Linzy [00:31:07] Yeah. And I will add to this conversation, there are also folks who can’t pay $150 or $200 an hour. That’s real, right. And you’ve talked about, like a very elegant solution today to take care of some of those folks within your practice, while not compromising your own financial security and well-being, right. But I think sometimes also as women or marginalized folks, we also take it onto ourselves to personally carry the failings of systems, right. That’s like a systems failure. It’s a systems failure, that like mental health is not covered by governments, right. And even in Canada, where I get coverage, like I can go to a hospital for free, you know, when I gave birth, it was free. Medical care is covered, but still it’s very hard to access free mental health because it’s like, you know, a doctor’s office will have like one social worker you can see once every two months, you know, and they’ll do CBT with you because that’s really all they can do. They can’t do any depth work at all, right. And so even here, it’s still a problem, even though we’re, you know, have a good health care system in so many ways. But like, I as an individual could not make up for like the failure of the state. Like, I can’t take that on and make my personal financial life imperiled to try to make up for something that is like a government issue and a nationwide issue. And I think that’s what we do, we try to carry it all on our shoulders.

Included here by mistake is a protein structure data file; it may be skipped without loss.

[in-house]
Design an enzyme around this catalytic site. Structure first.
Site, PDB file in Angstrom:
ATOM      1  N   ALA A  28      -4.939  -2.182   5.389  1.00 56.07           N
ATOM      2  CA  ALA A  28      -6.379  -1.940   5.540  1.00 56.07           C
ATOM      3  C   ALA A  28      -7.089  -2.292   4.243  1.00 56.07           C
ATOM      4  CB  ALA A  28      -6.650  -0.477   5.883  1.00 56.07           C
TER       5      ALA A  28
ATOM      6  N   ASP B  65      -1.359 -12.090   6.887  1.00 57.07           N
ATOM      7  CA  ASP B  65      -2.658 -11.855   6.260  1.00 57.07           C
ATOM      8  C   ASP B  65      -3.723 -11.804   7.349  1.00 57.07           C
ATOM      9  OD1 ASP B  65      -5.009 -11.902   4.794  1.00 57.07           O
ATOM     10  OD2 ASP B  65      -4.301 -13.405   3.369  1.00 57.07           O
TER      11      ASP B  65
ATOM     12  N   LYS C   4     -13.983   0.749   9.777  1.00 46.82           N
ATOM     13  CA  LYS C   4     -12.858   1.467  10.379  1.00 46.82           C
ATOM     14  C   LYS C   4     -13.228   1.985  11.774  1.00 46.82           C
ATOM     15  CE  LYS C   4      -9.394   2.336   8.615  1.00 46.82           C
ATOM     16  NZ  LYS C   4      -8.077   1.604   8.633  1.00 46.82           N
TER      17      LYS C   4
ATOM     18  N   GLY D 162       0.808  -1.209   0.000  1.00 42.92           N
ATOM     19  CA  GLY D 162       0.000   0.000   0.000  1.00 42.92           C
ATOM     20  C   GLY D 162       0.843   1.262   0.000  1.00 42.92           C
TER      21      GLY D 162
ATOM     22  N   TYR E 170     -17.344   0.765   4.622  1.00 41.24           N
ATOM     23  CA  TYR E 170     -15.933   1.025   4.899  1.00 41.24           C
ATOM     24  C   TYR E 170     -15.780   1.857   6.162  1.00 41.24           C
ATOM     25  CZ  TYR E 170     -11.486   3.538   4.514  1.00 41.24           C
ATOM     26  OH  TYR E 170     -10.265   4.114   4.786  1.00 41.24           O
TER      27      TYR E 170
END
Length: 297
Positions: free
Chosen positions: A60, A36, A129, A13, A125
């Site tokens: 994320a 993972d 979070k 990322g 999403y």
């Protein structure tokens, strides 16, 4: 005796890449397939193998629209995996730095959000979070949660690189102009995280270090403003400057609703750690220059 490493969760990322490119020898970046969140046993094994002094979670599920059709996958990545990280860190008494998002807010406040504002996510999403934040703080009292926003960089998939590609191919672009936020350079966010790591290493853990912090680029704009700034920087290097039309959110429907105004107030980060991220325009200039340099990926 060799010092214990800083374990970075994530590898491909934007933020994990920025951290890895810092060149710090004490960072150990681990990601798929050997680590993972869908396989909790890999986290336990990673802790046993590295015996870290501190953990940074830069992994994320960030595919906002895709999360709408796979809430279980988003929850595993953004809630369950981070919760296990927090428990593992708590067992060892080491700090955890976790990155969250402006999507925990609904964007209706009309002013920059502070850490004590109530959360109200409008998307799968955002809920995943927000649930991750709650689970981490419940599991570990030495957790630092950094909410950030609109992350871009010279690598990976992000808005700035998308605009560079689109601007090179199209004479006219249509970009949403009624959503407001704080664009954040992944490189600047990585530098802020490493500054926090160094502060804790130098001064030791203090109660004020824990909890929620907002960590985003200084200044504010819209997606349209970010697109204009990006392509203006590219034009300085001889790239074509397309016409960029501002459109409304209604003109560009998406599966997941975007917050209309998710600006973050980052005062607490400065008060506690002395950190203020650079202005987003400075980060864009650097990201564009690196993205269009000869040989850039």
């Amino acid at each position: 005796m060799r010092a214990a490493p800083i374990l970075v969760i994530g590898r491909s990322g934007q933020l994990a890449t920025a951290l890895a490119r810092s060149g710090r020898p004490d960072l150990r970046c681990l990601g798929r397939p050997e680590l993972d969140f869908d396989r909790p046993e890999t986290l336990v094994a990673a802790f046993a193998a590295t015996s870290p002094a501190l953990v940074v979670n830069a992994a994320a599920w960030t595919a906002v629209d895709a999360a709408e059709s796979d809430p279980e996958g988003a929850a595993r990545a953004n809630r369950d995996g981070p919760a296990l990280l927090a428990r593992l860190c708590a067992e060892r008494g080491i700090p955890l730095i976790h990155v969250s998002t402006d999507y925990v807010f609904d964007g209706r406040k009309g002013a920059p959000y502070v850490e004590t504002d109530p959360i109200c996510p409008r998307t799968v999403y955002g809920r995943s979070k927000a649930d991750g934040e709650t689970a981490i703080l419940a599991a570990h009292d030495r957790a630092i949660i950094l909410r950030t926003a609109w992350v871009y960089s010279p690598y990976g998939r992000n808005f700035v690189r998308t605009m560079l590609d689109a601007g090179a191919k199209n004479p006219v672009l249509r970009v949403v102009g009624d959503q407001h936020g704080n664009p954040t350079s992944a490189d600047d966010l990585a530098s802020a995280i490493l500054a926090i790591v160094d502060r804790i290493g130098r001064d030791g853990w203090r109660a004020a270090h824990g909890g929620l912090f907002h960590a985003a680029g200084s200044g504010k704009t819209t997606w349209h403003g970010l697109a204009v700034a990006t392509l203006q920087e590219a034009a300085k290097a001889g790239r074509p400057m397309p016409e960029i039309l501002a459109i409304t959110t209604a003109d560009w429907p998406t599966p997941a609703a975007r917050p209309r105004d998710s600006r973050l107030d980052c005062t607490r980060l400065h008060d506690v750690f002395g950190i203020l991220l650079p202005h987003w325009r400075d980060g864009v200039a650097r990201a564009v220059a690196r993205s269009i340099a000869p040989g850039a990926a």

Kelley [00:32:18] Yeah, we try to take it all on and I often will say to people, okay, so like here are other things you could do, right? Like, you could vote. First and foremost, you can vote for politicians that are supporting more mental health funding for nonprofits. You could write letters to insurance companies. Any time in your own personal life that you have claims denied for your own mental health services, advocating for yourself. I think that there’s a lot of things we can do to advocate for the system to change without sacrificing our own practices. And often I’ll say, like as therapists and as clients, in many ways we’re in it together. First of all, a lot of us are clients ourselves, therapists go to therapy. And I know for me, like affording my own therapists is not an easy expense. But I think when the system is not supporting the mental health needs of clients, what we have to realize, is it’s also affecting therapists. And in a way, we’re kind of in the same boat. The system is not doing good things for therapists, and it’s also not doing good things for clients. And so as a collective, we have to advocate and vote and write letters and do all those things to change the system as a whole, without sacrificing our own being. The same way that we don’t want clients to.
Linzy [00:33:32] Totally.
Kelley [00:33:32] It’s a tricky balance and it’s especially a tricky balance to talk about in any sort of public facing platform without people saying, What do you mean? I know tons of therapists that charge X amount per hour and it’s impossible to afford. And I agree with them, in many ways. But we don’t as therapists, have to necessarily fix the whole problem yet.
Linzy [00:33:53] And I don’t think we can as individuals, unfortunately. I think even if a half of our caseload was a sliding scale folks, paying us $15 an hour, we still wouldn’t solve the systemic issue. It’s systemic, systemic reform. We can have a whole other conversation about that. So thinking about then these difficult conversations, like let’s talk a little bit more about why these conversations are so hard and like some of the mistakes that we make because of it, like what are the mistakes that you see folks making or maybe that you’ve made yourself around these conversations, that we need to watch out for as therapists?